Nation Current Affairs 09 Nov 2019 Hyderabad: Rainfed f ...

Hyderabad: Rainfed farms at climate risk

DECCAN CHRONICLE. | ADITYA CHUNDURU
Published Nov 9, 2019, 1:27 am IST
Updated Nov 9, 2019, 1:27 am IST
Experts say farmers will have to opt for less water-intensive crops.
With a majority of Telangana’s farmlands being rain-fed (63 per cent), the state’s agriculture sector will be deeply affected if corrective measures are not taken.
 With a majority of Telangana’s farmlands being rain-fed (63 per cent), the state’s agriculture sector will be deeply affected if corrective measures are not taken.

Hyderabad: Telangana’s agriculture sector is ill-equipped to deal with climate change, said experts at a climate change conference in Hyderabad on Friday.

They were speaking in a panel discussion on rain-fed agriculture at the Centre for Social and Economic Studies (CESS) in the city.

 

The experts noted that changes in rainfall patterns were imminent. With a majority of Telangana’s farmlands being rain-fed (63 per cent), the state’s agriculture sector will be deeply affected if corrective measures are not taken, they said.

What seems to be aggravating the problem is the fact many of the crops that the state’s farmers cultivate are not suitable to its lands. Nearly 54 per cent of the cultivated area in Telangana is classified as ‘dry land’, yet water-intensive crops are grown here extensively.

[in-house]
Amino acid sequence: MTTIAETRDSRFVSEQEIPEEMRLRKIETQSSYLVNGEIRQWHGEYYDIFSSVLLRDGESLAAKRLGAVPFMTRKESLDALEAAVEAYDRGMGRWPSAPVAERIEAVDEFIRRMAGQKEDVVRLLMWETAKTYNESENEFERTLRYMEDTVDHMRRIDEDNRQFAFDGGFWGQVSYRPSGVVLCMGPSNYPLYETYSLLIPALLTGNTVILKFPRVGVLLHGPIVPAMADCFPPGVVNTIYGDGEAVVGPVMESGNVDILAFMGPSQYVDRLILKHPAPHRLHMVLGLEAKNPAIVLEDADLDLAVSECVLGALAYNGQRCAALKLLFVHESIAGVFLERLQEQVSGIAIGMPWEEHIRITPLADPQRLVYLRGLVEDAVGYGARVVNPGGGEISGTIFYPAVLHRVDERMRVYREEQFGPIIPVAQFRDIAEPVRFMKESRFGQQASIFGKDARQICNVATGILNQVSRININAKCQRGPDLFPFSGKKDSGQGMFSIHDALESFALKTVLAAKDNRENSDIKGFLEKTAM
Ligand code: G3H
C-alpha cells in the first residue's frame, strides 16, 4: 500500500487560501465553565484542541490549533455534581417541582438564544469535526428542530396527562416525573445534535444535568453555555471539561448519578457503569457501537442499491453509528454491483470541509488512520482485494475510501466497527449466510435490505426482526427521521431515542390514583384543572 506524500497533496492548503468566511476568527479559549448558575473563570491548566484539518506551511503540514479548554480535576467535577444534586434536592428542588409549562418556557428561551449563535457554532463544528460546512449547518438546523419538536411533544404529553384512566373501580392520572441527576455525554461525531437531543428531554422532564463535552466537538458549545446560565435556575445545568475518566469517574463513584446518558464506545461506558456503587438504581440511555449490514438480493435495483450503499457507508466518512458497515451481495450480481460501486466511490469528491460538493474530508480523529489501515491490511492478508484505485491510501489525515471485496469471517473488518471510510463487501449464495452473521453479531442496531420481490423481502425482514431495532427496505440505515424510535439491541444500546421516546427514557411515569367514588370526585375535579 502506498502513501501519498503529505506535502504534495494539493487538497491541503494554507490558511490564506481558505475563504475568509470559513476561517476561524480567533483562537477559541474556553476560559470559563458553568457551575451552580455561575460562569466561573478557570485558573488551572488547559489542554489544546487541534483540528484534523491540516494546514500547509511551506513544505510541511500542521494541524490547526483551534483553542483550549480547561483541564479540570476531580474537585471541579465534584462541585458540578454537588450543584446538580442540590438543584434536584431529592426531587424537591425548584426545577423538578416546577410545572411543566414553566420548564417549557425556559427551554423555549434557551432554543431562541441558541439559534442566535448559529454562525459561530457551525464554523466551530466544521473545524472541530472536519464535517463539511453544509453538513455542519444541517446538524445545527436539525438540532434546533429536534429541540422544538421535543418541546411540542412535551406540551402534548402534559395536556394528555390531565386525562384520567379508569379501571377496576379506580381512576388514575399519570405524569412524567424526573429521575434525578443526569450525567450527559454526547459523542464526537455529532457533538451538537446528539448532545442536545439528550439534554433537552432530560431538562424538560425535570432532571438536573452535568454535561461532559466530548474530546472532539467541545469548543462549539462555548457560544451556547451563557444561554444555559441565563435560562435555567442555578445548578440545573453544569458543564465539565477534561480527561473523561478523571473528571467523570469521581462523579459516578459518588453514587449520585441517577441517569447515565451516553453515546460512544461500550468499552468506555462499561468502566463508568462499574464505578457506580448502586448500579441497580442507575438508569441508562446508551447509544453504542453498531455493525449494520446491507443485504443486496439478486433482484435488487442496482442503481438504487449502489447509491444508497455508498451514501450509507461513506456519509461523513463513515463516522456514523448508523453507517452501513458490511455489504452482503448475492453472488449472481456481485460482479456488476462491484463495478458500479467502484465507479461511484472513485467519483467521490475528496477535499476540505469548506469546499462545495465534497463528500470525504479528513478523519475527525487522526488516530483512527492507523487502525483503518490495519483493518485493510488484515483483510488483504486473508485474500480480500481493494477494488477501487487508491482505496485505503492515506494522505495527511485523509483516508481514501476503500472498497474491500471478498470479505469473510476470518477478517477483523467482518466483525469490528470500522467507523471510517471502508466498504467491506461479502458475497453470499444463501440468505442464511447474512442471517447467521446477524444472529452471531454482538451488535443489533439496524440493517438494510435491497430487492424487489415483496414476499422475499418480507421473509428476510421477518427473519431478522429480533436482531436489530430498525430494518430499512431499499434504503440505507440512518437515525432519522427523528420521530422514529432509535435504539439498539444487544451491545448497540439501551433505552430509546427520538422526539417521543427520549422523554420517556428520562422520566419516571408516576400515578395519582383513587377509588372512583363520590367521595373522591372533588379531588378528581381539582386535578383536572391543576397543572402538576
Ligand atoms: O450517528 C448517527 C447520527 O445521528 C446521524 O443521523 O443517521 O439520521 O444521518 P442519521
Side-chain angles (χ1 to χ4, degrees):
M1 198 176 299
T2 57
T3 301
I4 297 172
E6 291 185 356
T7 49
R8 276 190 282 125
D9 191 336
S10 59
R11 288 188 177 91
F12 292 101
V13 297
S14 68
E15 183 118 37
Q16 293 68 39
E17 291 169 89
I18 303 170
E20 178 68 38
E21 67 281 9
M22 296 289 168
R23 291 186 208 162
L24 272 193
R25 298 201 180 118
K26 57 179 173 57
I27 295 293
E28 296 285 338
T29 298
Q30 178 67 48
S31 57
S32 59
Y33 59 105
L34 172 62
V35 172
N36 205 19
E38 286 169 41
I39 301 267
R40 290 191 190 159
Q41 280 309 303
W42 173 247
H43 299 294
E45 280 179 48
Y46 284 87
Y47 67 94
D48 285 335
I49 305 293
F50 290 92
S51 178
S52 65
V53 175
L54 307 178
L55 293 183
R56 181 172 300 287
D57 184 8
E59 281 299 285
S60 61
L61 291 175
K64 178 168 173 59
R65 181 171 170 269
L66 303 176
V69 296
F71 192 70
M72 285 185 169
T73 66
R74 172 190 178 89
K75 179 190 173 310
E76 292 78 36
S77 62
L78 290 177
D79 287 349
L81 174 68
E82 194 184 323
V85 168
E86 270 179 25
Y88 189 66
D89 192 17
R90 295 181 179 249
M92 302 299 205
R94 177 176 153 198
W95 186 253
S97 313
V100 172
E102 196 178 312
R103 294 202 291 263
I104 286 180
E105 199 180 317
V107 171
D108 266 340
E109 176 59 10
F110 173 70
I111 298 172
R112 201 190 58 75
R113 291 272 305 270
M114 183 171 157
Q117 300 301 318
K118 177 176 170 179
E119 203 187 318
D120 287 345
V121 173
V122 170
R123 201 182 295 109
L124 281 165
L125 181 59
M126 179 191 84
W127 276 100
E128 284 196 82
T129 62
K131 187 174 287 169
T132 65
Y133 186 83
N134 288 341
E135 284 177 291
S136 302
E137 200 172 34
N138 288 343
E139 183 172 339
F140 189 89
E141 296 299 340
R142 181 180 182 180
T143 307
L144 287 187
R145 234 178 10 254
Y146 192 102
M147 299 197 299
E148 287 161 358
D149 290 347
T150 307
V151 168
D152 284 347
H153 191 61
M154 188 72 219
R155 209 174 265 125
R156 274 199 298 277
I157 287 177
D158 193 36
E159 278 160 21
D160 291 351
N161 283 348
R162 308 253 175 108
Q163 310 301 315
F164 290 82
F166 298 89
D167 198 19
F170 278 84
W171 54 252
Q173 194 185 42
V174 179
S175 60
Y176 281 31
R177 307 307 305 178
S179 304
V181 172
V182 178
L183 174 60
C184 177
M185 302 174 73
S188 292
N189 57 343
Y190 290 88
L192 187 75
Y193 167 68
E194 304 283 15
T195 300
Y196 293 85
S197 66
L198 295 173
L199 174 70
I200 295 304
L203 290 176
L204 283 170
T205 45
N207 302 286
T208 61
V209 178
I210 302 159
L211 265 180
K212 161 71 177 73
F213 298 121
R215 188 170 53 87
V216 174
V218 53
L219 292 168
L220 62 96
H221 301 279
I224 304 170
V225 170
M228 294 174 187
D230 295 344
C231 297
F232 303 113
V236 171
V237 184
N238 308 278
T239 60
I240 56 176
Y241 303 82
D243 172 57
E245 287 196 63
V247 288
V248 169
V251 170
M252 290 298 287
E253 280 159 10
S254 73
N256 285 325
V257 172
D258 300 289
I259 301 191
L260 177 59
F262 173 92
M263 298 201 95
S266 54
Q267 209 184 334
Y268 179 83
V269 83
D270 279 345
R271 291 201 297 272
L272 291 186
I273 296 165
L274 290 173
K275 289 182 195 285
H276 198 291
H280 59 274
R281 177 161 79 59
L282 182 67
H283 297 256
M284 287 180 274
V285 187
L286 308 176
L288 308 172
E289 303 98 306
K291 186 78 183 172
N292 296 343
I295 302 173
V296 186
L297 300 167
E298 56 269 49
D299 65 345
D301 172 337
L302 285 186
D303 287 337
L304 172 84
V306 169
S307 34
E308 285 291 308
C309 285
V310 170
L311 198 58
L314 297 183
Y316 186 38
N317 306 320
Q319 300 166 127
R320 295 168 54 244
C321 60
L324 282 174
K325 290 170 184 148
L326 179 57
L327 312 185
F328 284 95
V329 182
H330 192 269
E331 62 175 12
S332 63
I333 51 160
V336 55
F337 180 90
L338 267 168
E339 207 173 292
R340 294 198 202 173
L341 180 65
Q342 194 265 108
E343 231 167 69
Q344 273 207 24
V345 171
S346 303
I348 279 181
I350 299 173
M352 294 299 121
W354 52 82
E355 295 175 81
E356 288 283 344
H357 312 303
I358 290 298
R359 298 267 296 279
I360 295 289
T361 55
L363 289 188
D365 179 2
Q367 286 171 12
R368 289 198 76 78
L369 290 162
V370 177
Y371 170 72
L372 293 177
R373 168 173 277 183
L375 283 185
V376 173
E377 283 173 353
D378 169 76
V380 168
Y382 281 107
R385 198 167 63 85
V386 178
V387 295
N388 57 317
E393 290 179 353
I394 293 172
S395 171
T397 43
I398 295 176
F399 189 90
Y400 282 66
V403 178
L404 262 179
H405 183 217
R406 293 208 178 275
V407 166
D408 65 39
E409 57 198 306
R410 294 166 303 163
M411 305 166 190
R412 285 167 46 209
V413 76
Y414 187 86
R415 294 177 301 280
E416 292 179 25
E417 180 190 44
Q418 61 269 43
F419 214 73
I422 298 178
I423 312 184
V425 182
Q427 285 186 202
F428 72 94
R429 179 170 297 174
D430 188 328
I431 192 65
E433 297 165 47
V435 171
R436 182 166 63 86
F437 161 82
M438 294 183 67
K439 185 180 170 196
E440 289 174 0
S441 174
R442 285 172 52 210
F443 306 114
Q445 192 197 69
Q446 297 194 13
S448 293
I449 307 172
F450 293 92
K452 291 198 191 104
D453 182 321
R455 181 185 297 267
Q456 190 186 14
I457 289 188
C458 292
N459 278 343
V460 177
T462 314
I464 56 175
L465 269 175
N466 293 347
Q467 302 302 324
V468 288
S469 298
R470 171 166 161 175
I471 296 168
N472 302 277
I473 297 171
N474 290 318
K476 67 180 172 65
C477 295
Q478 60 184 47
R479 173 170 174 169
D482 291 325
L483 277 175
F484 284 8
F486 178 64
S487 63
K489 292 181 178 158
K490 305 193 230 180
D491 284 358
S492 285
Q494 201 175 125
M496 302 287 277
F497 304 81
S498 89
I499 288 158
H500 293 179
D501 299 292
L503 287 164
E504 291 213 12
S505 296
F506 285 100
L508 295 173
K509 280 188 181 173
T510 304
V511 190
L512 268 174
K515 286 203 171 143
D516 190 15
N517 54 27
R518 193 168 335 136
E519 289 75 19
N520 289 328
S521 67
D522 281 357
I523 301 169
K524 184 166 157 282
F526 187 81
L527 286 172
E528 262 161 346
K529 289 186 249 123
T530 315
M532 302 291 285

B Venkateswarlu, former vice-chancellor of the Vasant Naik Marathwada Krishi Vidyapeeth, said, “No one would think that rice would be a major crop in Telangana. But rice and cotton (both water intensive crops) make up 60 per cent of the cultivated area. Crops such as maize and chillies are grown in considerable amounts but crops such as pulses and cereals, which were earlier predominant crops here, have been marginalised.”

Mr Venkateswarlu said new crops, mostly commercial ones, were replacing traditional crops. From data collected between 2007 and 2015, it was found that several crops recorded a massive fall in cropped area. Sunflower dropped by 86 per cent, ground nut by 69.7 per cent, sesame by 82.8 per cent. During the same period, the area under paddy grew by 28.3 per cent and cotton by 128 per cent, while maize rem-ained largely the same.

“The crops that are replacing traditional crops need more water, and their survival depends on it. Earlier millets could survive major gaps between rainfalls or shortages. These crops cannot,” he said. He admitted that the cropping pattern was mainly dictated by market forces and it was indeed a challenge to dissuade farmers from growing a crop unsuitable to their land.

The solutions to these problems are many. Mr Venkateshwarlu suggested that the state could go for more micro-irrigation, something that Maharas-htra has done well. He also wanted more coordination between researchers and farmers. “Issues that are on the minds of both expe-rts and farmers need to be addressed first,” he said.

Another solution that was discussed was the study of climate change adaptation benefits for various welfare schemes that target farmers. Such a study would keep policymakers headed in the right direction, said the experts.

S. Naresh Kumar, principal scientist at the Indian Agricultural Research Institute, said reaching the masses was indeed a challenge.

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